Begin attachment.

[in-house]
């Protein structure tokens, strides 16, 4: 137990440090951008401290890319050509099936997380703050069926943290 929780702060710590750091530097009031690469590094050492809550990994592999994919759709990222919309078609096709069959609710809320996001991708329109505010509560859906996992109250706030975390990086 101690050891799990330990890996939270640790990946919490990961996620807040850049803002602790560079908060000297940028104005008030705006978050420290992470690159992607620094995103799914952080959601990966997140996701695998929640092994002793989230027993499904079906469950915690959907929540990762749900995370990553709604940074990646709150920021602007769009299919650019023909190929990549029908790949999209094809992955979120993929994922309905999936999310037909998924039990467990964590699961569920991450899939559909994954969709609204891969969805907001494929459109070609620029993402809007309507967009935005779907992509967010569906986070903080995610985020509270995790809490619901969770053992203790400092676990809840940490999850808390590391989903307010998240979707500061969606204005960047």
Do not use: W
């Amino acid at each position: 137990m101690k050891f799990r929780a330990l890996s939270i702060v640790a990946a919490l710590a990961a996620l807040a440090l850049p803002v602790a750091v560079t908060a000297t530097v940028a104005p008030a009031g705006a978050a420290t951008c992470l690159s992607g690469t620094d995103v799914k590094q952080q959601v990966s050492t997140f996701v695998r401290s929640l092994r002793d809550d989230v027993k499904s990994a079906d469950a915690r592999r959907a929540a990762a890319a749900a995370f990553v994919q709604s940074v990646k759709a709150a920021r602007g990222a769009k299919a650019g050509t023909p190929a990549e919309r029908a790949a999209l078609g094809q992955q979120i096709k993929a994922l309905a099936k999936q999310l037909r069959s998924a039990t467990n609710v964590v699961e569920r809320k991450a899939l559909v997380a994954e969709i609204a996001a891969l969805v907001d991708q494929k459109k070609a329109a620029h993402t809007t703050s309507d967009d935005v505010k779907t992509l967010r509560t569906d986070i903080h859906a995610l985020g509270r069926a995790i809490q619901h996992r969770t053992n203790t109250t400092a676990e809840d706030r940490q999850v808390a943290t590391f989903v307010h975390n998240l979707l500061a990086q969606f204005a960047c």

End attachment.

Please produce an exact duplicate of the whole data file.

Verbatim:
[in-house]
């Protein structure tokens, strides 16, 4: 137990440090951008401290890319050509099936997380703050069926943290 929780702060710590750091530097009031690469590094050492809550990994592999994919759709990222919309078609096709069959609710809320996001991708329109505010509560859906996992109250706030975390990086 101690050891799990330990890996939270640790990946919490990961996620807040850049803002602790560079908060000297940028104005008030705006978050420290992470690159992607620094995103799914952080959601990966997140996701695998929640092994002793989230027993499904079906469950915690959907929540990762749900995370990553709604940074990646709150920021602007769009299919650019023909190929990549029908790949999209094809992955979120993929994922309905999936999310037909998924039990467990964590699961569920991450899939559909994954969709609204891969969805907001494929459109070609620029993402809007309507967009935005779907992509967010569906986070903080995610985020509270995790809490619901969770053992203790400092676990809840940490999850808390590391989903307010998240979707500061969606204005960047």
Do not use: W
């Amino acid at each position: 137990m101690k050891f799990r929780a330990l890996s939270i702060v640790a990946a919490l710590a990961a996620l807040a440090l850049p803002v602790a750091v560079t908060a000297t530097v940028a104005p008030a009031g705006a978050a420290t951008c992470l690159s992607g690469t620094d995103v799914k590094q952080q959601v990966s050492t997140f996701v695998r401290s929640l092994r002793d809550d989230v027993k499904s990994a079906d469950a915690r592999r959907a929540a990762a890319a749900a995370f990553v994919q709604s940074v990646k759709a709150a920021r602007g990222a769009k299919a650019g050509t023909p190929a990549e919309r029908a790949a999209l078609g094809q992955q979120i096709k993929a994922l309905a099936k999936q999310l037909r069959s998924a039990t467990n609710v964590v699961e569920r809320k991450a899939l559909v997380a994954e969709i609204a996001a891969l969805v907001d991708q494929k459109k070609a329109a620029h993402t809007t703050s309507d967009d935005v505010k779907t992509l967010r509560t569906d986070i903080h859906a995610l985020g509270r069926a995790i809490q619901h996992r969770t053992n203790t109250t400092a676990e809840d706030r940490q999850v808390a943290t590391f989903v307010h975390n998240l979707l500061a990086q969606f204005a960047c």